GEORGE TOWN: The Ministry of Domestic Trade and Consumer Affairs, Penang branch has so far received four complaints on chicken sellers not displaying the price tags at their trade premises after the new ceiling price was introduced on July 1.

Its enforcement chief, A. Mogan said that based on the inspections conducted following complaints received from the public and customers at the premises, it was found that besides the chicken price tags, the charge of cutting the chicken into pieces was also not displayed.

“So far, one of the four complaints has been acted upon under the Price Control and Anti-Profiteering Act 2011 by issuing a compound notice for not displaying the price tag by a trader in the Northeast district, here, while the other three cases are still under investigation.

“Based on our monitoring, the traders are believed to have resorted to this malpractice in order to sell chicken at higher than the ceiling price of RM9.40 per kilogramme (kg).

“Consumers are urged to make complaints if they find traders charging more than the set ceiling price of chicken while the traders must also display the price tags including the butchering charge to avoid causing confusion to the buyers,” he said when contacted today.

The Cabinet at its meeting on June 29, decided not to float the price of chicken but to continue with the subsidy and fixing the retail ceiling price of standard chicken at RM9.40 per kg in Peninsular Malaysia from July 1.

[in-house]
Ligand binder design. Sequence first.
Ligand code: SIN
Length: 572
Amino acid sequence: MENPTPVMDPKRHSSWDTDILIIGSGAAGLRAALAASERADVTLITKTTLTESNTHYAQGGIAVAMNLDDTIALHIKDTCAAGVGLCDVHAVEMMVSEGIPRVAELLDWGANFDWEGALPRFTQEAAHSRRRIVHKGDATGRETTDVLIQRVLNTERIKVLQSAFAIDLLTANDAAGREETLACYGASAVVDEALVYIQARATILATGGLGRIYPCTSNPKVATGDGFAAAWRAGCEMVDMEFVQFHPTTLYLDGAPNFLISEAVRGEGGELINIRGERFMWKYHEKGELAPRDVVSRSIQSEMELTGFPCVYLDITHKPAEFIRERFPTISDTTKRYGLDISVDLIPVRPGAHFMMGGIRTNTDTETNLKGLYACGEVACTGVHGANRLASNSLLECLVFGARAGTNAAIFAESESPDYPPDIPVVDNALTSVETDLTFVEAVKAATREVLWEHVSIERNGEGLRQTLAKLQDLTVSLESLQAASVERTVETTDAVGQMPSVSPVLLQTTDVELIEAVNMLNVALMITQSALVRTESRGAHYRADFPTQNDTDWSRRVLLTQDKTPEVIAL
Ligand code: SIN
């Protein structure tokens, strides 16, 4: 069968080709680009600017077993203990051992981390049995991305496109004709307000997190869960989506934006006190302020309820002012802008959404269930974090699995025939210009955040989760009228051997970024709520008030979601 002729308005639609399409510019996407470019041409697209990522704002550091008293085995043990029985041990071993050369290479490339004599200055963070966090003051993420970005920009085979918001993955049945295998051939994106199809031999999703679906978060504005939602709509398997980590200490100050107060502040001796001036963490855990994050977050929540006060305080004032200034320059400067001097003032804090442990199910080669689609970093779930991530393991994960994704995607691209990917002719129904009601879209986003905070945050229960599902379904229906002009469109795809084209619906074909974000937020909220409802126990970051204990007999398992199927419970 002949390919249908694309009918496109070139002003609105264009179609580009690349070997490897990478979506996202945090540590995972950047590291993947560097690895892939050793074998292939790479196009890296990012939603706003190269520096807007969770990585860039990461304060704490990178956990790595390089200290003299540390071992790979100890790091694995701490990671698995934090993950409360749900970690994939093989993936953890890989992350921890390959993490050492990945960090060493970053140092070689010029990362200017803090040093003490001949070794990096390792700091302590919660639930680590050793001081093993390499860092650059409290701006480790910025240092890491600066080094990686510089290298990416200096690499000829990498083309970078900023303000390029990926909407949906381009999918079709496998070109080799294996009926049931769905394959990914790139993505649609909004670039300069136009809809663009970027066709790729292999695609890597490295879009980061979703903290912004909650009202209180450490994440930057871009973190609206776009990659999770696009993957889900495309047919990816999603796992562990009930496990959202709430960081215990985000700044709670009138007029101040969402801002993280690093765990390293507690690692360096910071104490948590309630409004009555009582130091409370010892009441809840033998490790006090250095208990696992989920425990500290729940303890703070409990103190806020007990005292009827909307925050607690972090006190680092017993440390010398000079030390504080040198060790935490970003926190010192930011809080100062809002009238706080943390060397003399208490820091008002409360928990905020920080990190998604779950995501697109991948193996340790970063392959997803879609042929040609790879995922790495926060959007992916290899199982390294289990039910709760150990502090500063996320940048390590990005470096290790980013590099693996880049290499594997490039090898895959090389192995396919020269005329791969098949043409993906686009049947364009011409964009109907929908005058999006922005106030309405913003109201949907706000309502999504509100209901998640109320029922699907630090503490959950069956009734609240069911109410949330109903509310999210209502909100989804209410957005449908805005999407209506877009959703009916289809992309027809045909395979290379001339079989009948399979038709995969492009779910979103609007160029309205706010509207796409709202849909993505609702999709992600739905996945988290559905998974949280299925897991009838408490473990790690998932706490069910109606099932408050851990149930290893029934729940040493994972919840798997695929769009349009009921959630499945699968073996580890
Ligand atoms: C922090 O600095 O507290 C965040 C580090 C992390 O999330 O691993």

Agriculture and Food Industries Minister, Datuk Seri Dr Ronald Kiandee reportedly said the Cabinet also agreed to set the retail ceiling price of chicken eggs of Grade A at 45 sen each, grade B (0.43 sen) and grade C (41 sen).

Meanwhile, Mohan said there was no shortage of subsidised cooking oil of 1 kg packs reported in Penang so far.

He said each day, the Penang KPDNHEP enforcement officers were not only monitoring the retail shops and hypermarkets but also the producers, repackaging companies and wholesalers of subsidised cooking oil to to ensure its availability and sufficient supply.

“The quota for repackers of the 1kg packs of cooking oil is 3,434 tonnes involving 25 companies in the state and our monitoring and inspections found no supply problem.

“However, at the retail shops and hypermarkets, the packets of cooking oil were bought up by shoppers in less than an hour each time, while these outlets are exercising control by limiting three packets for each household.

“Meanwhile, there are also repeated purchases made by inconsiderate consumers and traders who are taking advantage of the cheap price of the packets of cooking oil,” he added. - Bernama